It has been 26 years since The Gemnist won the NCHA Futurity. At 29, he is the oldest living Futurity champion. Yet, the venerable gelding’s teeth are the only giveaway to his age.
“He’s fit as a fiddle,” said Harland Radomske, Ellensburg, Wash., who purchased The Gemnist as a weanling. “When you touch him, he’s hard. Never been lame a day in his life.”
Sired by Doc Bar Gem, a full brother to well known sires Boon Bar, Doc’s Remedy, Cal Bar and Nu Bar, as well as to Doc’s Haida, dam of Haidas Little Pep, one of cutting’s all-time leading sires, The Gemnist was bred by Jim and Mary Jo Milner and trained and shown by Kathy Daughn.
“The Gemnist was high-strung as a colt, but he was always extremely talented and extremely cowy, and I knew he had the potential to be a champion,” said Daughn. “It took a lot of patience, but it all came together at the Futurity.”
Following his limited age event career, where he earned nearly $350,000, The Gemnist was shown by Radomske at weekend events.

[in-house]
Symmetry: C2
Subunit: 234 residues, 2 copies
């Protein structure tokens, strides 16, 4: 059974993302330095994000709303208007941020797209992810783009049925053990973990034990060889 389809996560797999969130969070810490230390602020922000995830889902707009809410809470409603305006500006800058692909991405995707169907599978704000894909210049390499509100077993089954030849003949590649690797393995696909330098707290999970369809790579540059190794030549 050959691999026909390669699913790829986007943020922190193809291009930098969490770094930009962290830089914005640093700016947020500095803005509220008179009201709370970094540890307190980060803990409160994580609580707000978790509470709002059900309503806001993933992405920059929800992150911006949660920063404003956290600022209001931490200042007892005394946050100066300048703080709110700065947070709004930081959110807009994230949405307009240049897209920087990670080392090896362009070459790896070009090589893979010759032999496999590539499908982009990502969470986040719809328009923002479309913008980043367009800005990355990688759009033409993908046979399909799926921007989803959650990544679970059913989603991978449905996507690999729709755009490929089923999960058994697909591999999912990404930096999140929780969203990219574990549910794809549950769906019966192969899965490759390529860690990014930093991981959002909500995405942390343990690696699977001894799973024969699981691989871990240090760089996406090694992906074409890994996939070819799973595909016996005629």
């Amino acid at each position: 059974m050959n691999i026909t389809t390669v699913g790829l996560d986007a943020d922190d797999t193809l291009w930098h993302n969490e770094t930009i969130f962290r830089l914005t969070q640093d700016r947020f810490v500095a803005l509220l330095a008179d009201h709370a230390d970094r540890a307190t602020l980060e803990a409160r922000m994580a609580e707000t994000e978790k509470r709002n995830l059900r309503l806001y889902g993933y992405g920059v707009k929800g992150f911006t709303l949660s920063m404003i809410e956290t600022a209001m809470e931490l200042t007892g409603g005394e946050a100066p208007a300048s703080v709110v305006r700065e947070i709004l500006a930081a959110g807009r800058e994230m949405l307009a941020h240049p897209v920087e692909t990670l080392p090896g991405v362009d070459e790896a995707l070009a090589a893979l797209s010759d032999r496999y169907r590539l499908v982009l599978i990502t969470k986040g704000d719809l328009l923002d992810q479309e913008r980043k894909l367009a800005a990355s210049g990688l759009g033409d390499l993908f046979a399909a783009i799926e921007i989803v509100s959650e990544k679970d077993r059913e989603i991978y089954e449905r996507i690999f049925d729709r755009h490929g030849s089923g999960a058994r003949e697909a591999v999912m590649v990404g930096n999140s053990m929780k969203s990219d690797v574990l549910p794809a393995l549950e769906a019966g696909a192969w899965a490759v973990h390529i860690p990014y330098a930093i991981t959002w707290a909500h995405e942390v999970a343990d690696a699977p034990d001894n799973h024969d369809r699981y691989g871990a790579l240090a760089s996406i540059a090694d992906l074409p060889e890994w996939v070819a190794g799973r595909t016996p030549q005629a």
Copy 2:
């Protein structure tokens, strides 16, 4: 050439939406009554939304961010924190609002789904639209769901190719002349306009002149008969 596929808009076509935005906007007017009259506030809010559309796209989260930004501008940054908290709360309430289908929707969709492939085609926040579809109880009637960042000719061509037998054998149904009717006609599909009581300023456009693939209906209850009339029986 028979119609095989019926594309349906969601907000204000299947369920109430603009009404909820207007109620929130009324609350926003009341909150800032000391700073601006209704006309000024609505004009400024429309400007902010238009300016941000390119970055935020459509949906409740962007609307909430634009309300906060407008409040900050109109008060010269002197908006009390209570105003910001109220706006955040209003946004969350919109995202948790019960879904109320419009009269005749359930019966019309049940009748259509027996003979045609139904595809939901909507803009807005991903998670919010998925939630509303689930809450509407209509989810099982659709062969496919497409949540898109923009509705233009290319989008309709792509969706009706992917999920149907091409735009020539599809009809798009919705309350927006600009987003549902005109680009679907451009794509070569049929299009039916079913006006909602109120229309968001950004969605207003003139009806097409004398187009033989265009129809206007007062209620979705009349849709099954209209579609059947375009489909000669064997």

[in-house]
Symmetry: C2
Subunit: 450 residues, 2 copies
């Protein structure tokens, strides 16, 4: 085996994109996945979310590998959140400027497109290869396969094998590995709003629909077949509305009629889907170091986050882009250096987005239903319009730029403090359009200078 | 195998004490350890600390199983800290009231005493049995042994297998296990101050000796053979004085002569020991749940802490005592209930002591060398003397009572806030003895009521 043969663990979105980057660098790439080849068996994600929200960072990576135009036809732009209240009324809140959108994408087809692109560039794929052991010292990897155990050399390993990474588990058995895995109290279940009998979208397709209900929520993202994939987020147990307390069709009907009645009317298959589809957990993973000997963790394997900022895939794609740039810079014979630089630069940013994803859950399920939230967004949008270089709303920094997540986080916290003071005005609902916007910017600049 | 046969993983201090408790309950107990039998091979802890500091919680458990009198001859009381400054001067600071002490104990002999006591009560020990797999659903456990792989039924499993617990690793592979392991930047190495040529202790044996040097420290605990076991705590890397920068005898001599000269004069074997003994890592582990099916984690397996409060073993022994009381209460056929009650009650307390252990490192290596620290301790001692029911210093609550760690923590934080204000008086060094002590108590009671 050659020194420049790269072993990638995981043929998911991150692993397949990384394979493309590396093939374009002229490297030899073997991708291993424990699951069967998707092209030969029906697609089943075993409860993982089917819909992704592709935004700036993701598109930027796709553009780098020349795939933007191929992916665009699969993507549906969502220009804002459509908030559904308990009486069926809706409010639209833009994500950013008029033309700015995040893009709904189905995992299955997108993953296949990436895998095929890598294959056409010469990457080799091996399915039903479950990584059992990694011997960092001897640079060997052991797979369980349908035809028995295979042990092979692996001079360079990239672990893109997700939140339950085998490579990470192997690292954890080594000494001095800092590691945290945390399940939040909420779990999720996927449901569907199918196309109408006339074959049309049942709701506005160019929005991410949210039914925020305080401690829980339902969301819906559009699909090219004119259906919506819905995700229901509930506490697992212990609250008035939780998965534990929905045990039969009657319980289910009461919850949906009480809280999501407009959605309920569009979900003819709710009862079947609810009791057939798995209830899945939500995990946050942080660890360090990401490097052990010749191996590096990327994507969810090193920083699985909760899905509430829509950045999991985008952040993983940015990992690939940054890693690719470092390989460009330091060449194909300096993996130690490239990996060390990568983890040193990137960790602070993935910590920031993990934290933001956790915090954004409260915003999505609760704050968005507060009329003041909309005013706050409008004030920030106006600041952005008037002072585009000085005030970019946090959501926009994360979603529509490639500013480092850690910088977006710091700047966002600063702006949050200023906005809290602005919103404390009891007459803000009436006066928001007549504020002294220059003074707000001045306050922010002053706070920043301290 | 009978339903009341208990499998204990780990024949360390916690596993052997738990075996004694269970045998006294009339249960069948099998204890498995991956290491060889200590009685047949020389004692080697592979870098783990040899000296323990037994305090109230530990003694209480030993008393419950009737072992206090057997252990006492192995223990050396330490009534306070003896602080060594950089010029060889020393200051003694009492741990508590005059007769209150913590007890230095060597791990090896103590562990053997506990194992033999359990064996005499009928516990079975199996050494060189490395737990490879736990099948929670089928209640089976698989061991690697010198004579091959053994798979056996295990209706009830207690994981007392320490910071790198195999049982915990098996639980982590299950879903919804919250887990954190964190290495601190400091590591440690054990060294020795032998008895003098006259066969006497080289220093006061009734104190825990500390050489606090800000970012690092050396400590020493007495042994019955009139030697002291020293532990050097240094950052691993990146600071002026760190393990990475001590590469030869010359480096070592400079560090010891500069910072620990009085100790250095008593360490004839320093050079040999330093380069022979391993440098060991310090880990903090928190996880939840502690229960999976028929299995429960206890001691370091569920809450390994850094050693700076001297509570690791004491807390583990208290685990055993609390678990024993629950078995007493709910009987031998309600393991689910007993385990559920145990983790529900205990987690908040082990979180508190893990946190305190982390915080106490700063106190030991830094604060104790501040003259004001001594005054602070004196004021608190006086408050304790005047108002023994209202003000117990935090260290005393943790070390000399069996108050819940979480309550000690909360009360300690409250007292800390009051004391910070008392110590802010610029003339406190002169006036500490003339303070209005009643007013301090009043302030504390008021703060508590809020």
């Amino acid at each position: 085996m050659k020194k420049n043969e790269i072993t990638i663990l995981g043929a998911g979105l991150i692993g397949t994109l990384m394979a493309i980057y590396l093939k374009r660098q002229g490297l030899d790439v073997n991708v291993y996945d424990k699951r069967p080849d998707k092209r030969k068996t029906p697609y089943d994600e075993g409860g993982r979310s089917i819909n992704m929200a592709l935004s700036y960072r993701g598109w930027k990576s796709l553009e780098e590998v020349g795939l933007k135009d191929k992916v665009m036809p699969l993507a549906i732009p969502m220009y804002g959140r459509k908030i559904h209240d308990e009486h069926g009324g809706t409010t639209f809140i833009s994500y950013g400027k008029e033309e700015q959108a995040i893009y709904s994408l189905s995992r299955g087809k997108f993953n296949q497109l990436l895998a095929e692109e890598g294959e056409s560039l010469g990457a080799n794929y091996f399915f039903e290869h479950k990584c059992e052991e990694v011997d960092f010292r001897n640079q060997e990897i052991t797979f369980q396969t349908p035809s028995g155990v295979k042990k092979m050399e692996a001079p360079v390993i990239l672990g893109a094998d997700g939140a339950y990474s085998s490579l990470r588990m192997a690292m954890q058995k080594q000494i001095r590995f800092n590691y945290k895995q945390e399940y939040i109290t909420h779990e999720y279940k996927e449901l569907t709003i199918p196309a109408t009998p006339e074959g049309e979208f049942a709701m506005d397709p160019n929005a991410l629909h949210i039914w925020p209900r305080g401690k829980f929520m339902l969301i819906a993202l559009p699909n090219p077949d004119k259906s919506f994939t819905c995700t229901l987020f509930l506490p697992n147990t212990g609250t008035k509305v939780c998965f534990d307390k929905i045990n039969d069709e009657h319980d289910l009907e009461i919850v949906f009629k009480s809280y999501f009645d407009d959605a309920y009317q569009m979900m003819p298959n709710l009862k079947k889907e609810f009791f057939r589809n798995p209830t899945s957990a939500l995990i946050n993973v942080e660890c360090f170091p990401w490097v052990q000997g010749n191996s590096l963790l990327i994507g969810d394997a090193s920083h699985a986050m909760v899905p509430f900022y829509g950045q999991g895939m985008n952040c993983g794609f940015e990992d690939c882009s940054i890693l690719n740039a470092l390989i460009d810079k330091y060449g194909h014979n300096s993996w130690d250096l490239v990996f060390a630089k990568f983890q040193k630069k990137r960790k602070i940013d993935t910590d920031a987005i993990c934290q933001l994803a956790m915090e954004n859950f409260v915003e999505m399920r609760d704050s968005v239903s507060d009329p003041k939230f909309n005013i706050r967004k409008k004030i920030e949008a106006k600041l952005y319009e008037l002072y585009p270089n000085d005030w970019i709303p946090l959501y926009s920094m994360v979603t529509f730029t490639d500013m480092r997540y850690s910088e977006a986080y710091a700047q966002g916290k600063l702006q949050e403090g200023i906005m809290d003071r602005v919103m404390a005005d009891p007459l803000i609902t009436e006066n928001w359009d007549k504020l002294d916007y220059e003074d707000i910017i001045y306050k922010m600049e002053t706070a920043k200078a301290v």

“If I’d known then what I know today, no telling how long he would have lasted,” said Radomske, who was 42 years old the first time he rode a horse and had became interested in cutting the same year that he bought the Gemnist.
“He was so solid, but at that time I practiced him three days a week and showed him three times a day, every Saturday and Sunday, for about two or three years. I didn’t realize it at the time, but I basically burned him out by practicing and showing him too often.
“I had offers from people who wanted to haul him for the World, but he had gotten so show smart, I knew he’d really have to be worked over hard to make him be correct, and I never had the heart to put him through it because he was so good to me.”
For a number of years, The Gemnist served as a ranch horse on Radomske’s Venture Farms, then eventually took over his current position as manager of the farm’s broodmares, which include Opus Cat, who placed 6th in the NCHA Open Futurity, with $60,000 and Miss Smoke Travels, PCCHA Open Futurity reserve champion, with $80,000.
“He’s amazing,” said Radomske. “If one’s missing, he’ll bring her back and come running to the fence. He gets all of his shots and his feet trimmed and all of that business, just like all the rest of the horses.”